The biggest fuss, of course, was made about the LG’s screen. It won me over based purely on spec, because it’s an LCD – which I prefer to OLED – and it has an impressive resolution of 1440×2560. In practice the screen really is amazing. There’s a clarity to it that really startling, and it goes well beyond the spec alone. It does make using the phone a really great experience, and it also makes it hard to go back to phones with lower resolutions. I’ve found browsing the web to especially benefit from the high resolution, and the phone is powerful enough to make scaling content slick and responsive too.

Battery life is good, but having the wireless charger means you can keep the phone charged all the time

Battery life is another issue, and something I’ve battled with over the time I’ve had this phone. To be totally fair to LG, I think it has done a good job. The battery has to run a powerful processor, large screen with massive resolution and that’s very challenging. With my heavy use, I can’t usually get a full day on a single charge. LG also sent me the wireless charger too, and this makes a lot of sense for modern smartphones. Simply put it on your desk, and stand the phone at it while you work. That way, it’s charged when you need it.

Going out and about can be a problem of course, but even with heavy use I didn’t have massive problems, the phone would be in need of charging early evening, but it would still get me through the day. I got into the habit of carrying an external battery a while ago too, so if it does need a top-up, I can provide one while I’m out.

LG G3 menus

Some features that I really like about the G3 aren’t really that glamourous. But the included keyboard is excellent. I love the prediction, I find it amongst the most accurate I’ve used on a phone. Some tweaking of the settings will let you turn one the “path input” which is the Swype-style draw through letters option. You can also tweak the strength of the auto-correct too, which will be useful if you find it too aggressive. There are also options to update typing corrections from an online database. I’ve certainly felt no need to follow my own advice and replace LG’s keyboard with a third-party one.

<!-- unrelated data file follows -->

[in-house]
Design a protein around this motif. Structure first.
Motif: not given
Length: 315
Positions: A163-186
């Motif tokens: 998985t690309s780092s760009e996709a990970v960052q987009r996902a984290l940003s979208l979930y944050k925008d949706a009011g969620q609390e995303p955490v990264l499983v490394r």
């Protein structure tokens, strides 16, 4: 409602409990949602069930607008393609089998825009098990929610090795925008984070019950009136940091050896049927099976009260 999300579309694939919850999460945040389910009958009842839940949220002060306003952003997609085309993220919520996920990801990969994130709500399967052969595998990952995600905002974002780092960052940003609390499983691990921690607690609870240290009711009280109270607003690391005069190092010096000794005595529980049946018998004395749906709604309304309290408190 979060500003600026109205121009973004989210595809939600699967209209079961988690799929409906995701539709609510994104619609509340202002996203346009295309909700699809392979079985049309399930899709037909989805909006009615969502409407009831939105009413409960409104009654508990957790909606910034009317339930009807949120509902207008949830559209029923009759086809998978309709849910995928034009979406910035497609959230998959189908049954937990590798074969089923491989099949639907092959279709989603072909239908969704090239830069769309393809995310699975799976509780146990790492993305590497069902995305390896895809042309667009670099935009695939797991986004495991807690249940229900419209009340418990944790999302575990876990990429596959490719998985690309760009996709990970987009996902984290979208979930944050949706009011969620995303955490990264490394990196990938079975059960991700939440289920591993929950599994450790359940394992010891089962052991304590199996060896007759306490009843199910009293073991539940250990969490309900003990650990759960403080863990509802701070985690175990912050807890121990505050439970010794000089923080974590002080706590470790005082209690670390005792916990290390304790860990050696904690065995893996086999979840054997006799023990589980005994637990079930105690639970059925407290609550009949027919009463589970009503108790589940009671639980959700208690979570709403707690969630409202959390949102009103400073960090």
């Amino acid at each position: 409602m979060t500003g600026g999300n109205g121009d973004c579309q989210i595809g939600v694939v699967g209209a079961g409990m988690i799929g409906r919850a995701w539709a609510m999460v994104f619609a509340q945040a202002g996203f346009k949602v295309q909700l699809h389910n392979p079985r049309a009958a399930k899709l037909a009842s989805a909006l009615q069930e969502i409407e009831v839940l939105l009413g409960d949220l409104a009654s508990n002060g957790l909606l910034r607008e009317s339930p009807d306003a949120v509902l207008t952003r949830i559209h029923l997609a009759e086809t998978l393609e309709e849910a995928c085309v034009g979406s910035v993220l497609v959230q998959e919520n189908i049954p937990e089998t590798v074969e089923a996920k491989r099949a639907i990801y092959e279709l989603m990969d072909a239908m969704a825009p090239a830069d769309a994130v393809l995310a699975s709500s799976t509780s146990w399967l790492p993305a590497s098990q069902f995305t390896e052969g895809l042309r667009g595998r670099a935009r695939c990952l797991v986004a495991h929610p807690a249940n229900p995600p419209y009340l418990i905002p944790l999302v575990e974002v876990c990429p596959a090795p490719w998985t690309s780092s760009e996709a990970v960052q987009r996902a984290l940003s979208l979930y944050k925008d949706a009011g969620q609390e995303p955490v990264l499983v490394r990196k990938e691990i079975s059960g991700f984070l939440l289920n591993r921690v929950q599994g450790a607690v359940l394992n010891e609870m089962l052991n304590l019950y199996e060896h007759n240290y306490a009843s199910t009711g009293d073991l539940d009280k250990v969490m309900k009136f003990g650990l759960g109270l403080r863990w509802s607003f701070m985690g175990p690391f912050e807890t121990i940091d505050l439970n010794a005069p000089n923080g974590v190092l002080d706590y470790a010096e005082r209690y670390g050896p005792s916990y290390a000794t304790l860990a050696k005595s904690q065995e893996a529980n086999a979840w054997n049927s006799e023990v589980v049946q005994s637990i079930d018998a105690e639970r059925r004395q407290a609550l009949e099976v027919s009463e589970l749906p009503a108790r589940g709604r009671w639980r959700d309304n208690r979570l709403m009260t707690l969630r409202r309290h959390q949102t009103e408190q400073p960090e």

I’m also a massive fan of LG Health. It’s much simpler than other phones options, but it happily tracks how far you walk each day and does so without any extra hardware. This is then presented in a graphically attractive way, and allows you to monitor how far you’ve walked on a daily, weekly or monthly basis. You can add in other activity too, but I like the simplicity of it.

LG Health is a nice little app, and simple to use

I like the idea of the split screen feature too. Press and hold the back button, and you can have selected apps running together on one screen. Say, a browser, and messaging. I haven’t really found myself using it, but for chatting with friends while looking up directions online, it’s a nice idea.

The camera is also top-notch. A lot of fuss was made about the laser autofocus. I’ve found that to be as much of a mixed bag as with any phone’s autofocus, but I think it’s an improvement over other handsets. Samsung’s cameras are pretty quick too though, so there’s not as much in this as you might think. I really like the photos and video the G3 produces though, it’s deeply impressive with images that have loads of colour and detail.

The camera is impressive, although the laser autofocus isn’t as amazing as one might hope

LG has made one slight error in the way it is selling the G3. There are basically two versions of the phone, which on the surface appear to be the usual storage options. You pick either 16 or 32GB, but there is a slightly more important difference, that of RAM. In the 16GB model you get 2GB of RAM, and in the 32GB there is 3GB. This is frustrating, as the microSD slot makes opting for the 32GB version less relevant, but the extra 1GB of RAM will make a huge performance difference. It’s an odd decision, and I don’t like it at all.

I’ve also noticed that the G3 is very sensitive to headphone connection glitches. If you’ve used Android, you’ll know this happens on some phones where moving the cable on the headphone can cause the phone to pause your music. This is annoying, and I’ve yet to find a solution to it. Also, I can’t make the G3 work with a line-out cable in my car, which is the first time I’ve found that problem.

The high-resolution screen is really impressive

In my opinion, the G3 is the best Android phone in the world right now. It rivals Apple'sAAPL +0.19% iPhone for the best overall phone too, and the decision of which to get between Apple’s flagship and the G3 will likely come down to which company you’d rather spend money with, or which operating system you’re most comfortable with.